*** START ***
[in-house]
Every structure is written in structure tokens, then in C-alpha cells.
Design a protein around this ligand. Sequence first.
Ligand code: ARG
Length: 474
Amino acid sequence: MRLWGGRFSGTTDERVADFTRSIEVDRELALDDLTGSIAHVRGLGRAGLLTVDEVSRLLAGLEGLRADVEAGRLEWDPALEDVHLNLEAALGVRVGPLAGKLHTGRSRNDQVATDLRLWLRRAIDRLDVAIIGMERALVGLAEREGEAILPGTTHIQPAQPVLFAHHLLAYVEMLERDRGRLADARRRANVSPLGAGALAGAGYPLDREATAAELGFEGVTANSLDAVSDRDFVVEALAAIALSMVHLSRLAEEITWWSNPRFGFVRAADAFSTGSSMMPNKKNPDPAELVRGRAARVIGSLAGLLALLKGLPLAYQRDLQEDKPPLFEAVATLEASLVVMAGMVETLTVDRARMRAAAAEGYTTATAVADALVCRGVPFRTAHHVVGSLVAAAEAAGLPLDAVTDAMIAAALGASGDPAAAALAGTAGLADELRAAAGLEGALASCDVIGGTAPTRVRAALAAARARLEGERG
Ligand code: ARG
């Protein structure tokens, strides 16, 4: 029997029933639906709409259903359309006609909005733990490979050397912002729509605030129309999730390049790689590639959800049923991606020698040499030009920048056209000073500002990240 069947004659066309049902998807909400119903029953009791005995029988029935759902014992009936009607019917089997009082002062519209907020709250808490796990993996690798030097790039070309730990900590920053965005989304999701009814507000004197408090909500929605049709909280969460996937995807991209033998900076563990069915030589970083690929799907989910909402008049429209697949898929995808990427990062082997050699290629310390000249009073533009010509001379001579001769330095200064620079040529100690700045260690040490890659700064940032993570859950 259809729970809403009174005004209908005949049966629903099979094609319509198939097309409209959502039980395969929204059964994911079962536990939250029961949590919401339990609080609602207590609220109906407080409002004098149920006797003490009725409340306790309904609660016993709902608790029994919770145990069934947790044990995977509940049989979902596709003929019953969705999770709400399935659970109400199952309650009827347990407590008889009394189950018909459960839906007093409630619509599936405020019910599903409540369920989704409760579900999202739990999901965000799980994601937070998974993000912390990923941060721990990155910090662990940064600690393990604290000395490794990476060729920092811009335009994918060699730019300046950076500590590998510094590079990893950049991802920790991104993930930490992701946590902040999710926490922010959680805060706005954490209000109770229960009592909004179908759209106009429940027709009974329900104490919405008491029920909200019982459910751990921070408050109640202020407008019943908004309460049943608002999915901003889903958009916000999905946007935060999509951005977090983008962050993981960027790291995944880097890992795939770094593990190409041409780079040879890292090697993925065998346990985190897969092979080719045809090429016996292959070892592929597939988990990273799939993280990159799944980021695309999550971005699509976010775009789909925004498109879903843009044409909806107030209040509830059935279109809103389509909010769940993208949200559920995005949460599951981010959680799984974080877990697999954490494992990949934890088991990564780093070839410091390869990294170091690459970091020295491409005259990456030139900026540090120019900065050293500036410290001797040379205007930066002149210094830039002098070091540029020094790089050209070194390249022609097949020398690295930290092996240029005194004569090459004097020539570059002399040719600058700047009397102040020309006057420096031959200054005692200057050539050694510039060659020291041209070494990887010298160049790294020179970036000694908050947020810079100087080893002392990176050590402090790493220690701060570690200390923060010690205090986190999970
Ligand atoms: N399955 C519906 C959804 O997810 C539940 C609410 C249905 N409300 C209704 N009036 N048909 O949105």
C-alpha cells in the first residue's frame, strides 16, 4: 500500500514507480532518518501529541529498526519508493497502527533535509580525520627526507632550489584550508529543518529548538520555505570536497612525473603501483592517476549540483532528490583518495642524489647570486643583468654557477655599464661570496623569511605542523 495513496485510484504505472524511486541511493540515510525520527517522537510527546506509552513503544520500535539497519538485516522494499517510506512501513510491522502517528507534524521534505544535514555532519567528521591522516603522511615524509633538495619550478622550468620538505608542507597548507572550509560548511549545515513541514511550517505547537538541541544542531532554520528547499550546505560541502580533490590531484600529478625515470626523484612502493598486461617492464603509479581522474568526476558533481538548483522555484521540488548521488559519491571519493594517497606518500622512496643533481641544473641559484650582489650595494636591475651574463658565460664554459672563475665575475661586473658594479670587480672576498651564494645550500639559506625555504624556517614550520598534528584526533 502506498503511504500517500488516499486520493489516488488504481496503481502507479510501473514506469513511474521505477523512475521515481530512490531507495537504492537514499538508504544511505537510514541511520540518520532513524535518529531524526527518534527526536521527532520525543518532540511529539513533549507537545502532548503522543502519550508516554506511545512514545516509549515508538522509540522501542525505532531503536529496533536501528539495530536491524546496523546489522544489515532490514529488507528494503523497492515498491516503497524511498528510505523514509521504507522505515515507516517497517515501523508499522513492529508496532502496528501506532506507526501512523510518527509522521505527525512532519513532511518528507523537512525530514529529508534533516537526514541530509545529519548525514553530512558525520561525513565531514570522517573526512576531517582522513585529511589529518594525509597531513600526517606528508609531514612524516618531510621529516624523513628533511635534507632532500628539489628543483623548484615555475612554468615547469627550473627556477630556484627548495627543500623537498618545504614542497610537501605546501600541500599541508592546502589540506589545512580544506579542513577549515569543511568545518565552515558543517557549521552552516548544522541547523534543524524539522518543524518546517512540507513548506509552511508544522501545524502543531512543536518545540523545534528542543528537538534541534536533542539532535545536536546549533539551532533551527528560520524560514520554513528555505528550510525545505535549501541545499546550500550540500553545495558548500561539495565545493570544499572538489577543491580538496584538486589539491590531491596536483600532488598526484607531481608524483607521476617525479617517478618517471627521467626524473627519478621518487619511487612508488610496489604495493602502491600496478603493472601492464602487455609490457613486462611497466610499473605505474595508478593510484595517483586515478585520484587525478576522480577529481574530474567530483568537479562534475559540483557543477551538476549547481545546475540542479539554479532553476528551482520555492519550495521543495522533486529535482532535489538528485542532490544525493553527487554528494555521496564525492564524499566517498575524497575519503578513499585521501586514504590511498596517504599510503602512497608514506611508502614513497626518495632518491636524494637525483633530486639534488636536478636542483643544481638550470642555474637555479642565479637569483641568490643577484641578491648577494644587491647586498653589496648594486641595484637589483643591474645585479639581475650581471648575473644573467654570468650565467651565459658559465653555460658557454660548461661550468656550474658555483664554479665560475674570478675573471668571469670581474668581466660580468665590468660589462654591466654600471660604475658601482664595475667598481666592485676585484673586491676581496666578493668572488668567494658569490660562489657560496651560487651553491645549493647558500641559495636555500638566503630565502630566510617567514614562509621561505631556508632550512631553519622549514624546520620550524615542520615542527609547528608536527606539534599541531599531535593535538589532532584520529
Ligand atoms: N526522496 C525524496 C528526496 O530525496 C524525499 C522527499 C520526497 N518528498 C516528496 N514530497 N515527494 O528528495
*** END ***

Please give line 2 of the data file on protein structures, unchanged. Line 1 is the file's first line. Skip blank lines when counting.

Every structure is written in structure tokens, then in C-alpha cells.